Now BenQ aren’t selling this as a gaming monitor, that’s what their Zowie stuff is for, but because of the quality panel, 100Hz refresh, and FreeSync-toting goodness, it makes for a great ultrawide gamer. Unlike the recent BenQ screens we’ve tested – and those esports-obsessed Zowie monitors – the EX3501R isn’t using a TN panel, and that is very much to its credit.
Thankfully there aren’t any 21:9 curved TN panels out there, at least not that anyone have told BenQ about, so we’re getting a VA display in the EX3501R, with all the vibrant colours and solid black levels you might expect. If you’re worried that the 4ms GtG response time is going to have that big an impact on your gaming performance over a 1ms TN panel, then good luck to you in the pro leagues, good sir. The rest of us will enjoy our games looking gorgeous without the washed out colouring you’ll be used to.
|Panel technology||Vertical Alignment (VA)|
|Native resolution||3440 x 1440|
|Response time||4ms GtG|
|Frame synchronisation||AMD FreeSync|
As we mentioned earlier the BenQ EX3501R comes with a 100Hz refresh rate to match its AMD FreeSync support. And that makes it a perfect fit for Radeon gamers who have been lucky enough to purchase a high-end AMD card – there’s not many of you out there, however, such is the paucity of Radeon stock these days.
It’s also got a rather subtle 1800R curve to it too, which is fine on such a broad panel. Having the extreme edges brought in a touch makes sense on an ultrawide gaming screen, and because it’s a VA panel there’s not much in the way of viewing angle issues either. There is sometimes a little discolouration at the far edges, but only a very slight amount.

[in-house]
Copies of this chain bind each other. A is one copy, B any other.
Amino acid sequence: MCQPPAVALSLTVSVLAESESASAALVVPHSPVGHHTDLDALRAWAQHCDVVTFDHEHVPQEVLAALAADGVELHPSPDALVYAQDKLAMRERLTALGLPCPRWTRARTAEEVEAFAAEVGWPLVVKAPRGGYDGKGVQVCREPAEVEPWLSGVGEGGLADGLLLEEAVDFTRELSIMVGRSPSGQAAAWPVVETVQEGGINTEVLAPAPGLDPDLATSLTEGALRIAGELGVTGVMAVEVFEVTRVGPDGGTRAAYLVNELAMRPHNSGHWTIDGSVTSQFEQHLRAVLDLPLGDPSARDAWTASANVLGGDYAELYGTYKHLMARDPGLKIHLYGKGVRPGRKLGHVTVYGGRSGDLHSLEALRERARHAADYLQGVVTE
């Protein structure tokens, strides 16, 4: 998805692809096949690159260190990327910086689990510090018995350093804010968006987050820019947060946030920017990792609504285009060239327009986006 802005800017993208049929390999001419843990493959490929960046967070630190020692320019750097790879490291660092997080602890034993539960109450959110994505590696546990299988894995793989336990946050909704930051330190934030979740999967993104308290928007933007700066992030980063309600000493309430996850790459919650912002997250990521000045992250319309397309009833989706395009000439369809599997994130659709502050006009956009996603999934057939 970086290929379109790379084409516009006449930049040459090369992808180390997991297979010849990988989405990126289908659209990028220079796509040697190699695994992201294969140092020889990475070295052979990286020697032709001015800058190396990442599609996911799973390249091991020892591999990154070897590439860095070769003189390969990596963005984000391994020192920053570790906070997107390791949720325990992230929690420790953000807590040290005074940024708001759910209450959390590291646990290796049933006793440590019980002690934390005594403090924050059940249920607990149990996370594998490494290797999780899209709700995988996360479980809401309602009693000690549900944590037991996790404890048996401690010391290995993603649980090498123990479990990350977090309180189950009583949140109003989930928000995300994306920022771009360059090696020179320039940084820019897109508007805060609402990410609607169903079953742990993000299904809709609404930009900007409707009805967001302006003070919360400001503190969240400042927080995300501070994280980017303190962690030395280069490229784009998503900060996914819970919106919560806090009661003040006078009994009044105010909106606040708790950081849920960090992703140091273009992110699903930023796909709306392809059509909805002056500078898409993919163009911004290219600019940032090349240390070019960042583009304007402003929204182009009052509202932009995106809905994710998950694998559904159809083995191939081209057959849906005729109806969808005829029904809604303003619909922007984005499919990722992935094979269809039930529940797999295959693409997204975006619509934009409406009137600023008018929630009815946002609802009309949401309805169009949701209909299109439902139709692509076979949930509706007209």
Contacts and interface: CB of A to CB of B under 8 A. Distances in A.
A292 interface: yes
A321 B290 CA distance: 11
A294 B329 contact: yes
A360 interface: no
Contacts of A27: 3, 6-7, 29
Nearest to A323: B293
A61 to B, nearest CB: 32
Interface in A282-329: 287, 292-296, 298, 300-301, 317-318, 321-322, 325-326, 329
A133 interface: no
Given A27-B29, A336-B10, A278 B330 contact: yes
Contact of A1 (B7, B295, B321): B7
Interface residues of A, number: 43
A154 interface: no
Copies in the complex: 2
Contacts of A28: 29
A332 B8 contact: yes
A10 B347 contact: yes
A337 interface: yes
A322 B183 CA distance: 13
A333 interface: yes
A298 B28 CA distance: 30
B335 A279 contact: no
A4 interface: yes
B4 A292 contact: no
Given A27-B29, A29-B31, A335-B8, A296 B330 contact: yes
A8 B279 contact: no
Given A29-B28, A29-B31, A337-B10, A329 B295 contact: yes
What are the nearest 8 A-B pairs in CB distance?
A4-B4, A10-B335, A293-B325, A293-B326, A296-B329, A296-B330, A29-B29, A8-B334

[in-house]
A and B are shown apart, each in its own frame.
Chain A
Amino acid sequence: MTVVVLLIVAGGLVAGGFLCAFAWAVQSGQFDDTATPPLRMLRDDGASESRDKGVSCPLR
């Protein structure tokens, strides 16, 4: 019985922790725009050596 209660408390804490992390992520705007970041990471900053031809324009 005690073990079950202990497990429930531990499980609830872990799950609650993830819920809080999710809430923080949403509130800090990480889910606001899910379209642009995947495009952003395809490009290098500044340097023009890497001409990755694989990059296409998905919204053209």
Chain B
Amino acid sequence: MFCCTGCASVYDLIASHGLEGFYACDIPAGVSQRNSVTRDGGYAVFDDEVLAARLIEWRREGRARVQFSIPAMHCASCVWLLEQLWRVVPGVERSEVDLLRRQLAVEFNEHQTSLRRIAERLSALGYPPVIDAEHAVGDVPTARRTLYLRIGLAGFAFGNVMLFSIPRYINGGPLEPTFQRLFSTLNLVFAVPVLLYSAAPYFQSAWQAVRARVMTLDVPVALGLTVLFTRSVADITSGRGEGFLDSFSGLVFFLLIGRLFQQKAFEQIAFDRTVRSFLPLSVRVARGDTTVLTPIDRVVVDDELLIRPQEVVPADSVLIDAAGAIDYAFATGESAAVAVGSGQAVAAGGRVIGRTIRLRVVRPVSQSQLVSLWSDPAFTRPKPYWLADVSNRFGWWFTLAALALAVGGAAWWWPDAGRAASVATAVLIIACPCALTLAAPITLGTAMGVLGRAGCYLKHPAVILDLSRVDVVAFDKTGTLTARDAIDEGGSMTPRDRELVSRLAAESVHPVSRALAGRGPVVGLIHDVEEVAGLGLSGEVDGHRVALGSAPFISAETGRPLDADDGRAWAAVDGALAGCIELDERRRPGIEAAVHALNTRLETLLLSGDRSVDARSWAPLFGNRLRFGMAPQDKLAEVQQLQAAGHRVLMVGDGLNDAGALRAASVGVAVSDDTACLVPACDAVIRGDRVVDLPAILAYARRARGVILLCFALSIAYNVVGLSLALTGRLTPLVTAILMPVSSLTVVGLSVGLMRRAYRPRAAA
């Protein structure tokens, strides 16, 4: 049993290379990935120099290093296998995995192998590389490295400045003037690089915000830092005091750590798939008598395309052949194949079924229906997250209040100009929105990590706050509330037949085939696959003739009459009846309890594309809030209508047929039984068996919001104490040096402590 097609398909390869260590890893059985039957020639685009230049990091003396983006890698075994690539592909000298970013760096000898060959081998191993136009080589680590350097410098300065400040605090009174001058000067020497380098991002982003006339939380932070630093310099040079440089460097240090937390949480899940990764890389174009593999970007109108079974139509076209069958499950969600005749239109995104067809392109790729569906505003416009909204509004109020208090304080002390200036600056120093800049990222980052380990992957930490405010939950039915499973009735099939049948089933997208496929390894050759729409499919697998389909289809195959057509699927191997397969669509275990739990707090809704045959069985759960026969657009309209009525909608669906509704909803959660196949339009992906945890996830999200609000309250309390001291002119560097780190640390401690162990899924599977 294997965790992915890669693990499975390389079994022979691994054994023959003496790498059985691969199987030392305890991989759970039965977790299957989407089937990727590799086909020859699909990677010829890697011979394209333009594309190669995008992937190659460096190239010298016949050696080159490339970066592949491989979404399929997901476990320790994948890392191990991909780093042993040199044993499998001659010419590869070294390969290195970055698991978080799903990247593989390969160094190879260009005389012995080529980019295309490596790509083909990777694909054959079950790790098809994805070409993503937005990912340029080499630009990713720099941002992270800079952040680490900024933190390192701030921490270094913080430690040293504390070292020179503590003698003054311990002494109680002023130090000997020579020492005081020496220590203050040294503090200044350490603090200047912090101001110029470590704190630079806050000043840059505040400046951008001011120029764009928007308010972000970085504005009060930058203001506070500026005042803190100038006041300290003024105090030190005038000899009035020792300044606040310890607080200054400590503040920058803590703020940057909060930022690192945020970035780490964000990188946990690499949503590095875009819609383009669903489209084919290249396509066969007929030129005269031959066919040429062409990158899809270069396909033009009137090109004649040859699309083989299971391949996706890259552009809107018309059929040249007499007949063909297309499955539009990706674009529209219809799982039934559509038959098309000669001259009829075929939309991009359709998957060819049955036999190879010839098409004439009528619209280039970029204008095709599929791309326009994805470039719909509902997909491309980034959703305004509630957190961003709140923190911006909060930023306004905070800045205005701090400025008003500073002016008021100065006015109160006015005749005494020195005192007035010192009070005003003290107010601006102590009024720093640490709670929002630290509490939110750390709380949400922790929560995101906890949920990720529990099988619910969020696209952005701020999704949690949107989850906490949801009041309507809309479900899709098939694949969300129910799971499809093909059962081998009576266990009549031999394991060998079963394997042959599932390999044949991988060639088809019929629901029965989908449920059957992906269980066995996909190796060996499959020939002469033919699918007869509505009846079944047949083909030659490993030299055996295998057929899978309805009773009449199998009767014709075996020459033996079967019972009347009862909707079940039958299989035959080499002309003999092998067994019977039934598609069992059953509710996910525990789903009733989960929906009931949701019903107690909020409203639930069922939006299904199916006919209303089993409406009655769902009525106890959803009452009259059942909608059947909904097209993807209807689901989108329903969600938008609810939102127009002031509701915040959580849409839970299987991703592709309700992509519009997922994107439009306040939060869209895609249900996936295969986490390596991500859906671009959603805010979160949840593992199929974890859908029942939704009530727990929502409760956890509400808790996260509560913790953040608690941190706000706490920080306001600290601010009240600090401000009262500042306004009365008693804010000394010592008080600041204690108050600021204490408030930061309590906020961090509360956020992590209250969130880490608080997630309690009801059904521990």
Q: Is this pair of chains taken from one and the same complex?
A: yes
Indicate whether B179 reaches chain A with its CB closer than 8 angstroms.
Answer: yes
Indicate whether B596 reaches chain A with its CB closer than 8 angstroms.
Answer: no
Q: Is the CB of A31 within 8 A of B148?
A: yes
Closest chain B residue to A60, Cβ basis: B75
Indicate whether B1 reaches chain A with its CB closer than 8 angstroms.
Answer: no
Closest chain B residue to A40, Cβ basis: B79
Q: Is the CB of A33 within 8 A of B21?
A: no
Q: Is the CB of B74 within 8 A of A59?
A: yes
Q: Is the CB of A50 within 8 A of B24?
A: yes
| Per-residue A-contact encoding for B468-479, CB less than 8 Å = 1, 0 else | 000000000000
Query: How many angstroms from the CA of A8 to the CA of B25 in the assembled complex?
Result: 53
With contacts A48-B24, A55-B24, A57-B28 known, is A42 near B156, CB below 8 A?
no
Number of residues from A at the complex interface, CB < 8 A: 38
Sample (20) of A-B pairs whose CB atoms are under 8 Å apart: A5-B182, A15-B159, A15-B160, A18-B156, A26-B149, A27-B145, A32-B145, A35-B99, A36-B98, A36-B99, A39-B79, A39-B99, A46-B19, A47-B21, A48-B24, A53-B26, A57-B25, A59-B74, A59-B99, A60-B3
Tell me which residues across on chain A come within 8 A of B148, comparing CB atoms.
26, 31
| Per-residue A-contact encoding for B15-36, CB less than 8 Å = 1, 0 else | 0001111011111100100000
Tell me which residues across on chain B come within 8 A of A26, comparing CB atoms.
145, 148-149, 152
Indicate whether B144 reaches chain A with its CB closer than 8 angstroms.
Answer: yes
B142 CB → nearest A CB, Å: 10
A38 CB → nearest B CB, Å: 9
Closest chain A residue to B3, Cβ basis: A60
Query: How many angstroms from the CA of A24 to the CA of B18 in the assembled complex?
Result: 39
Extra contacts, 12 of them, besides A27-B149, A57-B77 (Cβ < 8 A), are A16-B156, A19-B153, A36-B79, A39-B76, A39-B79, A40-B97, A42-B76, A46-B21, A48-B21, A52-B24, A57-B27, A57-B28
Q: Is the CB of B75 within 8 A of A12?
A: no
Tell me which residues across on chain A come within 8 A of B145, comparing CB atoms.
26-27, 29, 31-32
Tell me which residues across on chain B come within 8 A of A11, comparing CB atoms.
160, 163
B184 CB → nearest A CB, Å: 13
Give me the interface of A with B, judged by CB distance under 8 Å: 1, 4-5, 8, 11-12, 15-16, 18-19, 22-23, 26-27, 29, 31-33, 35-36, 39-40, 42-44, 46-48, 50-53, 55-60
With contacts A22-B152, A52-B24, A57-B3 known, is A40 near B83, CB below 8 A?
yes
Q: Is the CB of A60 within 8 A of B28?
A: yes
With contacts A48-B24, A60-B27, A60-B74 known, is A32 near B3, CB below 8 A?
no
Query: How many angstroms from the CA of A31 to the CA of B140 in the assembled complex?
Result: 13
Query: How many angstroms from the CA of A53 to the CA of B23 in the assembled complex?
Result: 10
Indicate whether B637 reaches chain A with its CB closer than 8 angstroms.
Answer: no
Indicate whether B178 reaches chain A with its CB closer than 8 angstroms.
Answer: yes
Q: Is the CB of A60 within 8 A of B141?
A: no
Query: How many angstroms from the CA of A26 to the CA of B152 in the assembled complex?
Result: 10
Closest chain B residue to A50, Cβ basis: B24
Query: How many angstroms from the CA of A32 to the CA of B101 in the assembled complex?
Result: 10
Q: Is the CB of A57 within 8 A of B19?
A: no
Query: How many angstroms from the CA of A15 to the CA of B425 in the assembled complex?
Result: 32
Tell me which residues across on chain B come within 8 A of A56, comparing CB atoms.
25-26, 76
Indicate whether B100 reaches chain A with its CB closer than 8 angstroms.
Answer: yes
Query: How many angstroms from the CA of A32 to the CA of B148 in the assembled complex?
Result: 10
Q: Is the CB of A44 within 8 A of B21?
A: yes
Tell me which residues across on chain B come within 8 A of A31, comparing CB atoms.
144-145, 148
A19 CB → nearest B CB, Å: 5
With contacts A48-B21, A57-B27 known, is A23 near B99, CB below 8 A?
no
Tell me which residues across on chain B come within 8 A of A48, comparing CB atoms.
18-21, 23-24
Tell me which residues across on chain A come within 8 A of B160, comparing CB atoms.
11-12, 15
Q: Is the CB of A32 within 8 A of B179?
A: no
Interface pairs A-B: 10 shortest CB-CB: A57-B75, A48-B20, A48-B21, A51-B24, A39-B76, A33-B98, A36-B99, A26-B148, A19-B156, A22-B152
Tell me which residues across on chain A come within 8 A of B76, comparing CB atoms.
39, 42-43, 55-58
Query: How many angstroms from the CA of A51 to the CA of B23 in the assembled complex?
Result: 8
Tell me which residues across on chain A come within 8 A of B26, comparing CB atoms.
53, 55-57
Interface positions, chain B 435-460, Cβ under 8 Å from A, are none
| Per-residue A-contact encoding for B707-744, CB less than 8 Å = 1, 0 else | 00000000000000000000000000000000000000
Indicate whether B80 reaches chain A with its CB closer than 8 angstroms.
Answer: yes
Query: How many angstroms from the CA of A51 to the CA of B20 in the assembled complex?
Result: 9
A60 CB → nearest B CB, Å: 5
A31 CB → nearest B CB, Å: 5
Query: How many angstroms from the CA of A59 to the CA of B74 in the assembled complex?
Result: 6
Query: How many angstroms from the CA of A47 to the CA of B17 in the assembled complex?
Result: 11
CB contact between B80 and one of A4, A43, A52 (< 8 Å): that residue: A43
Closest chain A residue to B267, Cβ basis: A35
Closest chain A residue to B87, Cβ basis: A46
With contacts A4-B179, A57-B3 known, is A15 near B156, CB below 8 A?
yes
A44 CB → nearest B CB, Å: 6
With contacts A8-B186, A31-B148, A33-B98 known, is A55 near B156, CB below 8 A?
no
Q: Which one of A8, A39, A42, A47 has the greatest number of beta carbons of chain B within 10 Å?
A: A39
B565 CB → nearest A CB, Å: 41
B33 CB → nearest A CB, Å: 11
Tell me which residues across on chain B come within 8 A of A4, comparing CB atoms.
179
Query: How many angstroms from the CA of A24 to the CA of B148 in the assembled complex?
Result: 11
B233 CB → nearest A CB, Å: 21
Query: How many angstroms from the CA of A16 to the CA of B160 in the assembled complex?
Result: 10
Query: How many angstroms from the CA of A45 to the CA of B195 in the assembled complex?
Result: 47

The overall panel quality is very good. It delivers decent contrast, offering bright, vivid colours at the top-end of the scale and really dark shades down at the bottom. Maybe it’s a touch too dark as default as the black levels get a little crushed at the lowest end.
That said the white saturation is excellent, offering clear delineation between the brightest tones. The VA panel also displays a smooth graduation between tones too, with zero visible banding to the colour gradients.
And with the combination of its 100Hz refresh and the AMD FreeSync smoothness you end up with a responsive, smooth gaming experience on a Radeon card. My review machine has an RX Vega 64 as its base card and with the two it made Far Cry 5 a glorious experience.
Especially in HDR.
Yes, the BenQ EX3501R has HDR support in it, which looks terrible if you spend any time looking through its lens on the desktop, but can make games look fantastic. With only a 300nit peak luminance it’s not able to deliver the full range of what HDR is truly capable, but it does a great job of getting close.
And with the Radeon partnership with Ubisoft on Far Cry 5 it performs well on the AMD Vega card, and really loves itself some FreeSync-y goodness too.
The EX3501R is far more HDR-ready than the BenQ EL2870U was. Using the same HDR test footage the difference is night and day, mostly because you don’t get the same level of noise in the black tones as you do with the weaker TN BenQ.
That’s just the panel and the electronics, but the design of the EX3501R is rather pleasing too. The sweep of its curve is nicely complemented by the thinness of the screen’s bezel. It’s not quite edge-to-edge, but it’s damned close for such an expansive display. It’s fully height and swivel adjustable too, and the stand is wobble-free and pretty classy looking as well.
BenQ have done a great job with the EX3501R. It looks great and its panel makes games look just as good. Probably better. Of course you have to pay for this wide a gaming screen, and especially if you want such a smooth experience, but it’s still likely half the price of the ultrawide HDR G-Sync screens coming later in the year.